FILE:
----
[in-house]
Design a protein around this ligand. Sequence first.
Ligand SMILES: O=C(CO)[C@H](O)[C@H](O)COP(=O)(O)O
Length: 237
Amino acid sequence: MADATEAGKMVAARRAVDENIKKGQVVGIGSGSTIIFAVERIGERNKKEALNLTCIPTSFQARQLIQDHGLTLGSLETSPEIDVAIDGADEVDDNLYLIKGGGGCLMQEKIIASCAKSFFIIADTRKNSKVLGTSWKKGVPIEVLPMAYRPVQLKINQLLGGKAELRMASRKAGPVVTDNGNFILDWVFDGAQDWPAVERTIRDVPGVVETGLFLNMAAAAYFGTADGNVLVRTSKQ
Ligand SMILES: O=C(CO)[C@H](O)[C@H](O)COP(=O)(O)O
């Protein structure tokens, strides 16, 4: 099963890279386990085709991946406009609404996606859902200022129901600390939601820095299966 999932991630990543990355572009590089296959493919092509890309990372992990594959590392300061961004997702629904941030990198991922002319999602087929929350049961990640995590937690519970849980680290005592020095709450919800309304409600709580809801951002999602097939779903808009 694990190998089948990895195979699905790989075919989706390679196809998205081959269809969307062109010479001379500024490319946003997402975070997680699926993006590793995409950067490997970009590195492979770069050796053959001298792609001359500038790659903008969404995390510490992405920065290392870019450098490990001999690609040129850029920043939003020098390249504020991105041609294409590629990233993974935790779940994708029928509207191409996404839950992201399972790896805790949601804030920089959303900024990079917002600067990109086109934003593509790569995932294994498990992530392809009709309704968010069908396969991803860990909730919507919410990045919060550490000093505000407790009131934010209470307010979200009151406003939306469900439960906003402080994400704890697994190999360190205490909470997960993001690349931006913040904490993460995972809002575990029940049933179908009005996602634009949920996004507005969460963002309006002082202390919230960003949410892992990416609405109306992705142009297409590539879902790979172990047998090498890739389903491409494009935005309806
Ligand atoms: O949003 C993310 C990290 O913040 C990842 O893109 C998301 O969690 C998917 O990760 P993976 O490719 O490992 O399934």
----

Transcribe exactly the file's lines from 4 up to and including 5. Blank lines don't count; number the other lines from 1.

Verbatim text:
Length: 237
Amino acid sequence: MADATEAGKMVAARRAVDENIKKGQVVGIGSGSTIIFAVERIGERNKKEALNLTCIPTSFQARQLIQDHGLTLGSLETSPEIDVAIDGADEVDDNLYLIKGGGGCLMQEKIIASCAKSFFIIADTRKNSKVLGTSWKKGVPIEVLPMAYRPVQLKINQLLGGKAELRMASRKAGPVVTDNGNFILDWVFDGAQDWPAVERTIRDVPGVVETGLFLNMAAAAYFGTADGNVLVRTSKQ